Another NaNoWriMo is behind me.
Did I learn anything? Were there any takeaways?
Oh, sure. Planning is good. Plotting can be a friend… even to a pantser like me.
Maybe only character-driven writers will understand this, but all the planning and prepping in the world still guarantees you nothing.
I was plodding right along, words flowing like a cool stream, when all of a sudden, my beloved protagonist looks around with the malevolent grin of a serial killer and dumps a plot twist in my lap. (We’re still not speaking.)
Okaaaay. Now what?
I went with it.
The scene I was writing looked nothing like the one I sketched out six weeks ago. But, hey. Words were flowing… from somewhere, so I kept writing—and making notes.
I gave a cursory glance to my journal every morning, wondering if the completed scene would resemble what I’d planned in any way.
But, I stayed with it, because that is the point of NaNoWriMo. Get the words out of your head and on paper…fifty-thousand of them at least.
I reached the halfway mark and wondered if Hemingway ever struggled like this. Then I realized he drank… and a glass of wine doesn’t sound bad. But should I drink it or give it to my protagonist?
Nah. I’m still not happy with her… the wine is mine.
After one glass of Sweet Red, I understand why Hemingway drank!
It gets you out of your own way. The wall of doubt and fountain of inhibitions fall and you write like you’re on fire.
Or maybe that was just me.
No, I’m not advocating drinking while writing. Our liver is our friend and unlike plots, we can’t get a new one with every manuscript.
But, a writer writes because they have to. It is a deep-seeded need that can only be fulfilled by putting words on paper. Anything else is unacceptable.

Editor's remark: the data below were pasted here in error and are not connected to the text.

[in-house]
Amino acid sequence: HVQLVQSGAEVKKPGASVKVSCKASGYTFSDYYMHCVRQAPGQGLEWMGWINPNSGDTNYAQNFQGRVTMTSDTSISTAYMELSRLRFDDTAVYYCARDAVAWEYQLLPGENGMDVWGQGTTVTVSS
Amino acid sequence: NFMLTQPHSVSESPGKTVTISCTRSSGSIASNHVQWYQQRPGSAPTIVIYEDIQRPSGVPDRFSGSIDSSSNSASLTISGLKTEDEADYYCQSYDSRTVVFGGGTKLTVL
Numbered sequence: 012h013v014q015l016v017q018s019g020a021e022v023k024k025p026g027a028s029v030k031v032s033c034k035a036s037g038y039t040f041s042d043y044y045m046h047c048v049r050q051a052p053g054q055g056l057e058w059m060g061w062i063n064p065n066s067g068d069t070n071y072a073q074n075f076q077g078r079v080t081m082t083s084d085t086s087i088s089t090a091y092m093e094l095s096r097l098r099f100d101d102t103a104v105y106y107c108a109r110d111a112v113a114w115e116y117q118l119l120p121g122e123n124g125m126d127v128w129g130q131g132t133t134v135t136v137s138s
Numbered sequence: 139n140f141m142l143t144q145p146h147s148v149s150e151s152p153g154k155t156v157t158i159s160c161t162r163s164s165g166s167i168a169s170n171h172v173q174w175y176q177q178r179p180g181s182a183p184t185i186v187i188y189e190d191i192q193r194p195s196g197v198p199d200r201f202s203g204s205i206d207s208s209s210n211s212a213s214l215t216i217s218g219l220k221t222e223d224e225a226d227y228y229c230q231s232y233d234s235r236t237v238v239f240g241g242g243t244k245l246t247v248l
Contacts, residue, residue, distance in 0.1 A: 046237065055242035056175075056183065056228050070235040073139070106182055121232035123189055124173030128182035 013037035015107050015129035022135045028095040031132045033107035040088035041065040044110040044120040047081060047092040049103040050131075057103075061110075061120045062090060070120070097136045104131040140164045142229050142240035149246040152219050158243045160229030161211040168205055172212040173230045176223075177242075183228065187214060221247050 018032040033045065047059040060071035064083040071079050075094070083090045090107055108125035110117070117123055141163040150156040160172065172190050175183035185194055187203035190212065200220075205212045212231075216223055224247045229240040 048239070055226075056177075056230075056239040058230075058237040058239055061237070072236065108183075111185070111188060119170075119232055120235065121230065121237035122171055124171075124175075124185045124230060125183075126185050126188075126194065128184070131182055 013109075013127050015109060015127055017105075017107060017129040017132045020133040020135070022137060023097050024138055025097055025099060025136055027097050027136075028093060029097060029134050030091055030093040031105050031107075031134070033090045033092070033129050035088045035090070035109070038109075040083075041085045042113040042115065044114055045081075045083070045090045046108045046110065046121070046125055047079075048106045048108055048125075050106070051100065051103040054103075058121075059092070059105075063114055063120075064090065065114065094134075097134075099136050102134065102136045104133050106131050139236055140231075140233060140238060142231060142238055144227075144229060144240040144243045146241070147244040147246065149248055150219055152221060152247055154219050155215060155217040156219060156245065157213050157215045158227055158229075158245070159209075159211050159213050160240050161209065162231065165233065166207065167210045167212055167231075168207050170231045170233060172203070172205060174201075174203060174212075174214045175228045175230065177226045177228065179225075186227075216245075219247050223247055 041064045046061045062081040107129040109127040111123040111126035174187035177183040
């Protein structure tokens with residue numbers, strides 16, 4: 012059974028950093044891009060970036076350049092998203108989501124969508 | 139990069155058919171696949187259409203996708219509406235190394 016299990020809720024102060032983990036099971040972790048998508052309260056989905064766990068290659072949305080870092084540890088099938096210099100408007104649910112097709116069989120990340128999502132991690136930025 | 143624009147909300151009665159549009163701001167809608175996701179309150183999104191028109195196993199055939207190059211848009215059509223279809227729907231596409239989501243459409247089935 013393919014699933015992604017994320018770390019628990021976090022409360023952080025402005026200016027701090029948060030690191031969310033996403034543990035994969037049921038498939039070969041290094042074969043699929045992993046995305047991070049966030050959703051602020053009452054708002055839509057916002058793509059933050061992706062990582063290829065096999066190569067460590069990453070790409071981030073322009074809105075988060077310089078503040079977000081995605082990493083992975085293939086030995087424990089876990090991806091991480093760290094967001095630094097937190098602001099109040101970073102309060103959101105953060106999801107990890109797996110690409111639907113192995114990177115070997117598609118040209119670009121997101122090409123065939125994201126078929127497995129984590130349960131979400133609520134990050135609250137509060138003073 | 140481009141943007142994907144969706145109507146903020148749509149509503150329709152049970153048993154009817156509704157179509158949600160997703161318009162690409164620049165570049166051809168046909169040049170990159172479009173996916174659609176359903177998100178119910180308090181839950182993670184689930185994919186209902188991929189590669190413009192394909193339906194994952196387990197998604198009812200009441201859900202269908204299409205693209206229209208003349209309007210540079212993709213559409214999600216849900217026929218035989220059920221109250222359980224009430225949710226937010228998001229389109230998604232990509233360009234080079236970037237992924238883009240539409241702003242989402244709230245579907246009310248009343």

If you get hit with a dose of writer’s block, get out of your way. The characters didn’t change and the words remain the same. The problem is you.
Remember why you write.
Remember the freedom you feel.
Remember the sense of accomplishment you feel regardless of if it’s five, five hundred, or five-thousand words you leave on the paper.
It took me a couple of years to “get it” but the NaNoWriMo rule of no editing makes perfect sense. It makes me get out of my own way to just write. Of course, by doing so, I’m also giving my characters free reign, but that’s a completely different blog post.
I’ve spent the first three days of December making notes and moving things around in my MS, however, I’m putting it away until after the holidays. But sometime in January, I’ll have to decipher all those red squiggly lines and double blue lines, and wonder if I was typing in alien code.
And there may or may not be wine involved, because… Hemingway.
Every MS goes through them, especially in the editing phase.
I chatted with an author a couple of years ago who planned every aspect of her book, right down to the dialogue.
Other than spelling and grammar, there were no changes.
I was in awe.
I have no clue what a book’s title will be until I reach midpoint in writing… mostly.
But this ultra-author knew in advance what her characters would do and say, plot twists, and the ending.
That’s an amazing superpower to have.
Yet, I don’t think it’s one I want.
As a character-driven writer, the voices in my head trip me up almost daily when I began a new MS.
Saturday, Day 4 of NaNoWriMo, two in-the-moment-characters stole scenes. And they were good.
Yesterday, Day 6 of NaNoWriMo, the protagonist took a walk into existentialism.
It wasn’t planned, but it fit.
Will it stay? I doubt it.
But it did give me an idea for another WIP.
So, after six days of NaNo, I have nine scenes and 12K+ words written, FIVE pages of CHANGES, and an outline for a new WIP.
Didn’t see that coming.
Maybe it’s a different superpower.
NaNoWriMo Day 6 word count – 2037
Total – 12503/50000
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